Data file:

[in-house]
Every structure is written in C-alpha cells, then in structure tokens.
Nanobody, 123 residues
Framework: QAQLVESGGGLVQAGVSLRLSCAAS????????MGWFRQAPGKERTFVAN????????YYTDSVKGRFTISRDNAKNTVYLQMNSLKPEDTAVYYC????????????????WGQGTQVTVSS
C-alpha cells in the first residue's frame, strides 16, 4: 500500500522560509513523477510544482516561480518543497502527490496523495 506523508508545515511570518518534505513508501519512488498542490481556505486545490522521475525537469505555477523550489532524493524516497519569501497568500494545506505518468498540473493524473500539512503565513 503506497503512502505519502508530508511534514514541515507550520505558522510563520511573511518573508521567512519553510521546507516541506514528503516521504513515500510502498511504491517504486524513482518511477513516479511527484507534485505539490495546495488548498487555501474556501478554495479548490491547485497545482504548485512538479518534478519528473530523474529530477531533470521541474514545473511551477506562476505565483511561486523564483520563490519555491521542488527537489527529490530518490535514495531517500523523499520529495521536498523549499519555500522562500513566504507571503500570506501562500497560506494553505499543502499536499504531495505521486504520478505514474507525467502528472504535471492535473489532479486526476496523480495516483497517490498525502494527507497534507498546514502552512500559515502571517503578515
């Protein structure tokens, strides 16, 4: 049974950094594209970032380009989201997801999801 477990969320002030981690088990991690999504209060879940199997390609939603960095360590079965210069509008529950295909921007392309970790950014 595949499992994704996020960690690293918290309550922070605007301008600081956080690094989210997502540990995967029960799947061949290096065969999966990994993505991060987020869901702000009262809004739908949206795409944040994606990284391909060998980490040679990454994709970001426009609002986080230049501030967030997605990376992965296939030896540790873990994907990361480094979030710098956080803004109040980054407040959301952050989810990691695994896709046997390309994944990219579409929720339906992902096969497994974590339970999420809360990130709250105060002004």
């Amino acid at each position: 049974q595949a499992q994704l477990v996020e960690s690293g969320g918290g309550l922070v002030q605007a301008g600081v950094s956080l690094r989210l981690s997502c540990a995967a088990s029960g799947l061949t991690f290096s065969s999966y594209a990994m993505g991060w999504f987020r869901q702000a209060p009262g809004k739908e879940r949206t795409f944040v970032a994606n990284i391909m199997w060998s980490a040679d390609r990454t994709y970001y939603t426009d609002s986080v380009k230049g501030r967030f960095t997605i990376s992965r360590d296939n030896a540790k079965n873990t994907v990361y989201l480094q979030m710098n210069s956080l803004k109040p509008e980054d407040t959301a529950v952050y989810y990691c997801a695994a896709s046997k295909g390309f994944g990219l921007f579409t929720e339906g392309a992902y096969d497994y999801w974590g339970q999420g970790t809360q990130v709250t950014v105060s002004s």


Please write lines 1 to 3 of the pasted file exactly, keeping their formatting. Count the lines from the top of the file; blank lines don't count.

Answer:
[in-house]
Every structure is written in C-alpha cells, then in structure tokens.
Nanobody, 123 residues